Suicide bombers and armed men have stormed an Afghan police compound in Kandahar, setting off explosions and firing assault rifles in a co-ordinated attack, killing six members of the country's security forces.
Thursday's attack began when four suicide bombers stormed the police complex, Zulmi Ayubi, a spokesman for the provincial governor, told the Associated Press news agency.
Three of the bombers blew themselves up, Ayubi said, while the fourth man exchanged fire with Afghan troops.
However, a police official, speaking on the condition of anonymity, said several attackers were armed with assault rifles and rocket-propelled grenades.
Zalmai Ayoubi, a spokesman for the Kandahar governor's office, said three attackers were killed in the standoff. The complex is also used as an army and police recruitment centre.
US Black Hawk helicopters and at least eight US armoured vehicles rushed to support dozens of Afghan troops battling the assailants at the three-building police complex.
Major Randy Taylor, a spokesman for the US-led International Security Assistance Force (ISAF), told the AFP news agency that the attackers failed to gain access to the complex, despite trying to smuggle in a car bomb in a vehicle disguised as an ambulance.
"I heard a blast and after that continuous fighting with rocket launchers," Ashrafullah Agha, Kandahar provincial policeman, told AP.
After a third large explosion, Agha cut off the interview.
Khan Mohammad Mujahid, Kandahar's police chief, said that four intelligence officers were killed in the fighting, along with an Afghan soldier and a police officer. He said 12 police were wounded.
The Taliban claimed responsibility for the assault.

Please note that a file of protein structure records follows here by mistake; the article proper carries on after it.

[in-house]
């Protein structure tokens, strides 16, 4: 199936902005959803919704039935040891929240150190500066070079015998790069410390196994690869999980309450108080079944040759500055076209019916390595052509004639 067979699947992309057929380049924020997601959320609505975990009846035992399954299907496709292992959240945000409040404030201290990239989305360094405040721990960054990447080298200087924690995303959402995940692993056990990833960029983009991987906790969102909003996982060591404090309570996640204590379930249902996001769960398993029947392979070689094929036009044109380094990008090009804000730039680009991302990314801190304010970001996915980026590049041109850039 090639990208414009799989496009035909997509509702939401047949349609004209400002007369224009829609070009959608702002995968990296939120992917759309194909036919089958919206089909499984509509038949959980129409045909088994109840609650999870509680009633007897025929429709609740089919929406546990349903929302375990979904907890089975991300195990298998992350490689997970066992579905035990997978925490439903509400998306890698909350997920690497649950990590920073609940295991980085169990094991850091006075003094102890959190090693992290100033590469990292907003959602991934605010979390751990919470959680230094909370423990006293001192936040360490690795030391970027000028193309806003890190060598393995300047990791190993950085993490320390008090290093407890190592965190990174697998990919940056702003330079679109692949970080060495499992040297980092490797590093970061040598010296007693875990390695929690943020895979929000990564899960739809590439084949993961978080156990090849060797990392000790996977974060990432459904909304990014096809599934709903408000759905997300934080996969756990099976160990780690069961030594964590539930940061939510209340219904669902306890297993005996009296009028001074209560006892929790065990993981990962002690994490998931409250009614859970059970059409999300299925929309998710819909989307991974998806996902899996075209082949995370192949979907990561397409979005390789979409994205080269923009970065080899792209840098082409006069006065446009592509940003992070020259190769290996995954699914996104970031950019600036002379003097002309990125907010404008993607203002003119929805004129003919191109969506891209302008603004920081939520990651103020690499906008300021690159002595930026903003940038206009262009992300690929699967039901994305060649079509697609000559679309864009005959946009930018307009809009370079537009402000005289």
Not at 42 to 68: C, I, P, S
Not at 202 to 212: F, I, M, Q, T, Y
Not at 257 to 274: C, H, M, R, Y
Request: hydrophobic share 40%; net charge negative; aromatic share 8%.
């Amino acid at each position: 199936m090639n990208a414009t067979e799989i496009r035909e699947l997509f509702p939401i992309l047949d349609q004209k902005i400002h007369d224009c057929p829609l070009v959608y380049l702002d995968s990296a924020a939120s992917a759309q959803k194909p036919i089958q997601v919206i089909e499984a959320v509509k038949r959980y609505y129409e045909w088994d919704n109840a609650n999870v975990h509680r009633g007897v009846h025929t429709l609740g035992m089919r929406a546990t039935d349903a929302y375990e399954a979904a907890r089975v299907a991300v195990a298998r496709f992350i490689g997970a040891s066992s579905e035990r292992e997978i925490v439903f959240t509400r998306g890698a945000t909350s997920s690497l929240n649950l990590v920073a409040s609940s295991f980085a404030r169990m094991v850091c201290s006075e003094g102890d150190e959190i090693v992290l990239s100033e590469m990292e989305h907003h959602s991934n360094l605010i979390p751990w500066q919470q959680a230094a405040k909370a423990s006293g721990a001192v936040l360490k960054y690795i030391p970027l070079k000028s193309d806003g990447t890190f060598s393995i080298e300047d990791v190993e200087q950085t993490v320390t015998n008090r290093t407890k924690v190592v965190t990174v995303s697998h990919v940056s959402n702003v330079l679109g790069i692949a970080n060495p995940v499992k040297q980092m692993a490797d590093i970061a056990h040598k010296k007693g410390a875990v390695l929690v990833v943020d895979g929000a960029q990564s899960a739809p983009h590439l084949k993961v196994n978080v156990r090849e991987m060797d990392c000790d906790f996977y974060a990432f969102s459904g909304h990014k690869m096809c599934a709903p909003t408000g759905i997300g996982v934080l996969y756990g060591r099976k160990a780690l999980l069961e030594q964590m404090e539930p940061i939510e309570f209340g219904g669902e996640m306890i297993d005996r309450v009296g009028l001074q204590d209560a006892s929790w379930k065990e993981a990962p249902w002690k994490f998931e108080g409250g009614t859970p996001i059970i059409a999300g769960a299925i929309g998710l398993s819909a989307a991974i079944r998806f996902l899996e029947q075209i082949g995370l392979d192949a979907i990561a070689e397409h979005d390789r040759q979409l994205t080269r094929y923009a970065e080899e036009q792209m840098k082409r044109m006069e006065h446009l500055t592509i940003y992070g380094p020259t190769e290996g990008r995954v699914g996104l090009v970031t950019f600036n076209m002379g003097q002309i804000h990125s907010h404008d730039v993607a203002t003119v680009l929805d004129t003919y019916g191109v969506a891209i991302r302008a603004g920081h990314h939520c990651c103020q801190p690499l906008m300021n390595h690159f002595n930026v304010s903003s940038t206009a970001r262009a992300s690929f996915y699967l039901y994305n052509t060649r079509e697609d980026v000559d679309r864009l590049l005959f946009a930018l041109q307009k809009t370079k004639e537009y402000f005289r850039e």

Yousuf Ahmadi, a Taliban spokesman, told the AFP news agency that four of their fighters had entered the police centre, saying it was "currently on fire and there is a lot of smoke from the compound".
The police complex sits near the main highway between Kandahar and the capital of Kabul, 148 miles to the north. A weapons training school and police literacy centre are located inside the complex.
Kandahar is a Taliban stronghold that has seen some of the most intense fighting of the 'war on terror'.
The attack is the latest to target Afghanistan's roughly 120,000-strong police, who will play a growing role in the country's security as international troops start a limited withdrawal from seven more peaceful areas in July.
Also on Thursday, NATO announced that it had concluded what it described as a "significant operation" in mountainous eastern Kunar province, near the border with Pakistan.
More than 80 fighters were killed after joint Afghan and international forces cleared four villages, NATO said.
"The combined security force moved into the mountainous area near the Pakistan border in order to disrupt insurgent activities in the region," NATO said in a statement.
"Insurgents had been using the area to move supplies and men into Kunar province and to stage attacks on Afghan and coalition forces."
Afghanistan's defence ministry said late on Wednesday that more than 130 fighters had been killed in the area over the past two weeks.
Few details havebeen released, but at least six US soldiers were killed in the area last week.